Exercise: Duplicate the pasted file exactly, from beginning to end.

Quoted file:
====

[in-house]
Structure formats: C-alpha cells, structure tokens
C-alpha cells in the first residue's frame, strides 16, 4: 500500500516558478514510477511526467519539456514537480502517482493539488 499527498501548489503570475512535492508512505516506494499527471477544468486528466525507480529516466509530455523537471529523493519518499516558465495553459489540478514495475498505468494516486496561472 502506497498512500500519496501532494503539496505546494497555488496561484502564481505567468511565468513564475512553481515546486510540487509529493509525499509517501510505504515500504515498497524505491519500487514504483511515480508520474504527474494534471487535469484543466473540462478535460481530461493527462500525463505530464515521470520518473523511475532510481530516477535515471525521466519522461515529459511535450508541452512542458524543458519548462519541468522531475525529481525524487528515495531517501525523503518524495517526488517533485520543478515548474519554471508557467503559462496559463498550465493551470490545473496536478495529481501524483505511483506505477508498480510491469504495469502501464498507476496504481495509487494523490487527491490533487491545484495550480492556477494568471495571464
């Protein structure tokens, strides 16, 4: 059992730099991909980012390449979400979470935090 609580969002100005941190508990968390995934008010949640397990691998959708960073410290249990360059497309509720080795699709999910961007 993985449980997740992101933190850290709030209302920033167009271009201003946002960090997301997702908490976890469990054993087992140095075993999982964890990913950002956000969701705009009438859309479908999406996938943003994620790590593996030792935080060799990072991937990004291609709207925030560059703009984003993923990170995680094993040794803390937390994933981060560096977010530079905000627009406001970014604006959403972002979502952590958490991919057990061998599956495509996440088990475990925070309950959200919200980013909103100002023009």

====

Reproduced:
[in-house]
Structure formats: C-alpha cells, structure tokens
C-alpha cells in the first residue's frame, strides 16, 4: 500500500516558478514510477511526467519539456514537480502517482493539488 499527498501548489503570475512535492508512505516506494499527471477544468486528466525507480529516466509530455523537471529523493519518499516558465495553459489540478514495475498505468494516486496561472 502506497498512500500519496501532494503539496505546494497555488496561484502564481505567468511565468513564475512553481515546486510540487509529493509525499509517501510505504515500504515498497524505491519500487514504483511515480508520474504527474494534471487535469484543466473540462478535460481530461493527462500525463505530464515521470520518473523511475532510481530516477535515471525521466519522461515529459511535450508541452512542458524543458519548462519541468522531475525529481525524487528515495531517501525523503518524495517526488517533485520543478515548474519554471508557467503559462496559463498550465493551470490545473496536478495529481501524483505511483506505477508498480510491469504495469502501464498507476496504481495509487494523490487527491490533487491545484495550480492556477494568471495571464
């Protein structure tokens, strides 16, 4: 059992730099991909980012390449979400979470935090 609580969002100005941190508990968390995934008010949640397990691998959708960073410290249990360059497309509720080795699709999910961007 993985449980997740992101933190850290709030209302920033167009271009201003946002960090997301997702908490976890469990054993087992140095075993999982964890990913950002956000969701705009009438859309479908999406996938943003994620790590593996030792935080060799990072991937990004291609709207925030560059703009984003993923990170995680094993040794803390937390994933981060560096977010530079905000627009406001970014604006959403972002979502952590958490991919057990061998599956495509996440088990475990925070309950959200919200980013909103100002023009």